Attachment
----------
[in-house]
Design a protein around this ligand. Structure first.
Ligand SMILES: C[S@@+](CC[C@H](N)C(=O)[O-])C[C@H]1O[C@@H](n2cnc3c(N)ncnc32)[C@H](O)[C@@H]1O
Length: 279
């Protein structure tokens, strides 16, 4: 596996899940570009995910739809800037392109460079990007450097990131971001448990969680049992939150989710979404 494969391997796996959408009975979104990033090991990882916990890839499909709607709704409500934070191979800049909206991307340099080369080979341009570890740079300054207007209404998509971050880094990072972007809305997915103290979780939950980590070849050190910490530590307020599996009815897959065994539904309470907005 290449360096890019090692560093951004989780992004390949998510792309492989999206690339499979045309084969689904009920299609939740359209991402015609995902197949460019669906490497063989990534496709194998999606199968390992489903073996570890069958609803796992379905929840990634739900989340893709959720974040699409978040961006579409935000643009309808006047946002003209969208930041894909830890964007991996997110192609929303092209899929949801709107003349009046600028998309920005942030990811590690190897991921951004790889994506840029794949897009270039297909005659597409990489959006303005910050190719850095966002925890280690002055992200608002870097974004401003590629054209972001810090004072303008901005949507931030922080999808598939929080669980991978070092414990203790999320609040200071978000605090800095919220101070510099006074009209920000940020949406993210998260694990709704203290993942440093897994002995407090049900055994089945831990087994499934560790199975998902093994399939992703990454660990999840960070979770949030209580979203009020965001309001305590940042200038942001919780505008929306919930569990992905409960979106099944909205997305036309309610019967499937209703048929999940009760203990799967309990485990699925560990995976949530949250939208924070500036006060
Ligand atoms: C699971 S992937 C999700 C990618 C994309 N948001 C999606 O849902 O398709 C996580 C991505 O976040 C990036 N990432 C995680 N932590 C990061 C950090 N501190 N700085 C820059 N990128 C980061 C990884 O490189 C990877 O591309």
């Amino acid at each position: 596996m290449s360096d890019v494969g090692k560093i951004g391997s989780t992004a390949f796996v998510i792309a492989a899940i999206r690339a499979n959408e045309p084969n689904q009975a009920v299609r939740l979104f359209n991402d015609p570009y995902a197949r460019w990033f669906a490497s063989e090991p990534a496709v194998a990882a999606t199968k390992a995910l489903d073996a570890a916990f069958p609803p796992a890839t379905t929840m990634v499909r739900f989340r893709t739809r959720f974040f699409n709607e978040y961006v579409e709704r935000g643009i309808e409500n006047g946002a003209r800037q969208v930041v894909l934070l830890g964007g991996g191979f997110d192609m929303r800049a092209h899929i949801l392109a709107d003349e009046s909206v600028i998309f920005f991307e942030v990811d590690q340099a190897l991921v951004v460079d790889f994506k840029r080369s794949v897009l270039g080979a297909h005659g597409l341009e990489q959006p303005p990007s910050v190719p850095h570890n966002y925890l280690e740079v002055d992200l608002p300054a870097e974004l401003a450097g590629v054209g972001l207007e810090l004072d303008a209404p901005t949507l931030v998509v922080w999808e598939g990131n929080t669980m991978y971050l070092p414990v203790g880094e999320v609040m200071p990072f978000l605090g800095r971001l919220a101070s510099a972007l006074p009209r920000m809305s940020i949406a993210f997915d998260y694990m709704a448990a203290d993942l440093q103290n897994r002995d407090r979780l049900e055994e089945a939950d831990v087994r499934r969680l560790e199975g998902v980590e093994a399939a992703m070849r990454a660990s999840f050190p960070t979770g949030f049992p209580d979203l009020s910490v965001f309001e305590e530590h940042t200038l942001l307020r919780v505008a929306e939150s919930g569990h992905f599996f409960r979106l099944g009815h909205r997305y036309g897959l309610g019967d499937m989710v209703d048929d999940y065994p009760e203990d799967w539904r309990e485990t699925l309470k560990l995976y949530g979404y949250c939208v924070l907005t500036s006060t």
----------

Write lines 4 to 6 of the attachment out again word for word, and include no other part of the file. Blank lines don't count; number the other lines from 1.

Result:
Length: 279
């Protein structure tokens, strides 16, 4: 596996899940570009995910739809800037392109460079990007450097990131971001448990969680049992939150989710979404 494969391997796996959408009975979104990033090991990882916990890839499909709607709704409500934070191979800049909206991307340099080369080979341009570890740079300054207007209404998509971050880094990072972007809305997915103290979780939950980590070849050190910490530590307020599996009815897959065994539904309470907005 290449360096890019090692560093951004989780992004390949998510792309492989999206690339499979045309084969689904009920299609939740359209991402015609995902197949460019669906490497063989990534496709194998999606199968390992489903073996570890069958609803796992379905929840990634739900989340893709959720974040699409978040961006579409935000643009309808006047946002003209969208930041894909830890964007991996997110192609929303092209899929949801709107003349009046600028998309920005942030990811590690190897991921951004790889994506840029794949897009270039297909005659597409990489959006303005910050190719850095966002925890280690002055992200608002870097974004401003590629054209972001810090004072303008901005949507931030922080999808598939929080669980991978070092414990203790999320609040200071978000605090800095919220101070510099006074009209920000940020949406993210998260694990709704203290993942440093897994002995407090049900055994089945831990087994499934560790199975998902093994399939992703990454660990999840960070979770949030209580979203009020965001309001305590940042200038942001919780505008929306919930569990992905409960979106099944909205997305036309309610019967499937209703048929999940009760203990799967309990485990699925560990995976949530949250939208924070500036006060
Ligand atoms: C699971 S992937 C999700 C990618 C994309 N948001 C999606 O849902 O398709 C996580 C991505 O976040 C990036 N990432 C995680 N932590 C990061 C950090 N501190 N700085 C820059 N990128 C980061 C990884 O490189 C990877 O591309």